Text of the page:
A sightseeing dhow, transporting tourists, with a sail reading "no coal" at Lamu's resort town. Tony Karumba/AFP
In the Lamu archipelago, fishermen ply the channels between lush mangrove forests while life in an ancient Swahili town idles at the pace of the donkeys and boats which are the main means of transport.
Life has changed little over the centuries in this part of Kenya's north coast, however residents fear their pristine environment will soon be blighted by a coal-fired power station spewing noxious gases.
"I think it is going to be terrible, it is going to destroy a lot of the environment here," says Thabit Omar Mohamed, 29, as he unwinds his fishing line from a block of wood, skewers a piece of shrimp on the hook, and tosses it into the water.
"We believe so many people are going to have problems with their health like cancer, disease," he said.
Kenya's government is planning to build a 981 megawatt coal plant in Kwasasi, about 20 kilometres (13 miles) from Lamu town, a UNESCO world heritage site that is the oldest Swahili settlement in Africa.
The natural beauty of the archipelago includes wide, endless beaches and waters rich in coral and marine life including five species of threatened turtles.
Tourism and fishing are the main sources of income, and the former is only now recovering eight years after a British couple was kidnapped on an island north of Lamu.
If the coal plant is built, tourists "won't come to Lamu. It will be like a few years back," bemoans Mohamed's uncle Ali Sultan, who is out fishing with him.
Heritage in danger
The Kenyan government argues that the power plant is essential to drive economic growth, pointing to the use of coal by "highly developed" countries.
Tour boats are moored next to a getty at Kenya's resort town of Lamu. Tony Karumba/AFP
However critics are baffled by a decision to turn to coal at a time when much of the world is doing the opposite and investing in increasingly cheaper renewable energies.
"We want development in Lamu but a coal power plant is not what we are asking for," said Khadija Shekuwe Famau of Save Lamu, a community group contesting the plant's construction.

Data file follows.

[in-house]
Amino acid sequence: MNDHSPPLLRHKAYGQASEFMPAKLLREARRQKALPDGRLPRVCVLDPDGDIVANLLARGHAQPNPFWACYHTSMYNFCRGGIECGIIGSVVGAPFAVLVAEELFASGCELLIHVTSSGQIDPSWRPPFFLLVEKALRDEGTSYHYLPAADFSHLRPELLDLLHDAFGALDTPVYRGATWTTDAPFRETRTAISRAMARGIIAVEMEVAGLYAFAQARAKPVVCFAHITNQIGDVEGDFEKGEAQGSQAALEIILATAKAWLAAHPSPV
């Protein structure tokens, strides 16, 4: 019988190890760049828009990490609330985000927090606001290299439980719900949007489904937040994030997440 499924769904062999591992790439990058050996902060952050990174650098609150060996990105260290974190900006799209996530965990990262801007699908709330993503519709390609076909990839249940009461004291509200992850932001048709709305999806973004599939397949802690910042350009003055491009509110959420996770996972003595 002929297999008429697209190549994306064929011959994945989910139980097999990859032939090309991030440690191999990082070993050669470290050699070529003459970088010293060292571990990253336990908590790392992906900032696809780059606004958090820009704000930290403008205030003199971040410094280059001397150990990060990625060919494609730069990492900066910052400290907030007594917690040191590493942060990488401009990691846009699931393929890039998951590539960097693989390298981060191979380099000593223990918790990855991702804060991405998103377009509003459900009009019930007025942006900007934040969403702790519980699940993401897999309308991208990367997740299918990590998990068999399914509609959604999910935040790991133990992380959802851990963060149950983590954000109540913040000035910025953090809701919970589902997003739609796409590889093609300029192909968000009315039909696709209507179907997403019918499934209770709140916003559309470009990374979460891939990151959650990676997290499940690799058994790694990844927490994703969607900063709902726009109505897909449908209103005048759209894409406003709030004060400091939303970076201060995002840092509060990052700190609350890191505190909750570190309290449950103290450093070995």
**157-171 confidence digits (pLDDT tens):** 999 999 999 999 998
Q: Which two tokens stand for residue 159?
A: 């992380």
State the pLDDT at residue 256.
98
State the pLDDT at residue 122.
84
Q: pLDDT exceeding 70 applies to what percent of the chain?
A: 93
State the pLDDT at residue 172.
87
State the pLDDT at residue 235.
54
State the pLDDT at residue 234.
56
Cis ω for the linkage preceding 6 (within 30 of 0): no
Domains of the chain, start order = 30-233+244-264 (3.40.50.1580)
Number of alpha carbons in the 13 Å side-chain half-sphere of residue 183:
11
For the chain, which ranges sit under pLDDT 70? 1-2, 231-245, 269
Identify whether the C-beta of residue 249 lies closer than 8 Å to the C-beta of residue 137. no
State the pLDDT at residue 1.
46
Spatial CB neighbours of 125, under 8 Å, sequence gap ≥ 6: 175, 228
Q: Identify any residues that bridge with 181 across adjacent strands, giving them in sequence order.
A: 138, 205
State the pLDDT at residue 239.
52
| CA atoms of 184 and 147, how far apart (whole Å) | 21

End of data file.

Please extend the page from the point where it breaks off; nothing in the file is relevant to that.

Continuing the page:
UNESCO last week called for a halt to the plant's development ahead of its meeting in Azerbaijan in July, raising the possibility of the site being added to the list of World Heritage in Danger in 2020.
The bulk of the $2 billion project is being financed by China and it will be developed by Amu Power, a joint venture between a Kenyan firm and Oman's Gulf Energy. Construction will be carried out by China Power Global.
The coal plant is part of a mega-project which includes the construction of a port in Lamu, as well as highways and oil pipelines linked to landlocked South Sudan and Ethiopia.
Residents go about their daily routines near an archway announcing Kenya's resort town of Lamu. Tony Karumba/AFP
The project has already had a severe impact on the environment, say Sultan and Mohamed, with dredging covering a key coral reef with silt and devastating a popular fishing spot.
In 2018 a court ordered the government to pay more than 4,500 fishermen compensation of $18 million, a decision now under appeal.
The government's own 2017-2037 power development plan warns that if moderate growth continues as it has, the plant will be "grossly underutilised".
However Amu Power's chief operating officer Cyrus Kirima denies these concerns, insisting the electricity generated will be a fixed 7.8 US cents per kilowatt.
"I think there is no point of getting scared by the coal plant, technology has evolved," he said.
But most residents are not convinced.
"LAPSSET, it has a lot of impact, but at least it is understandable. For the coal, there is no way you can understand it," said Famau.
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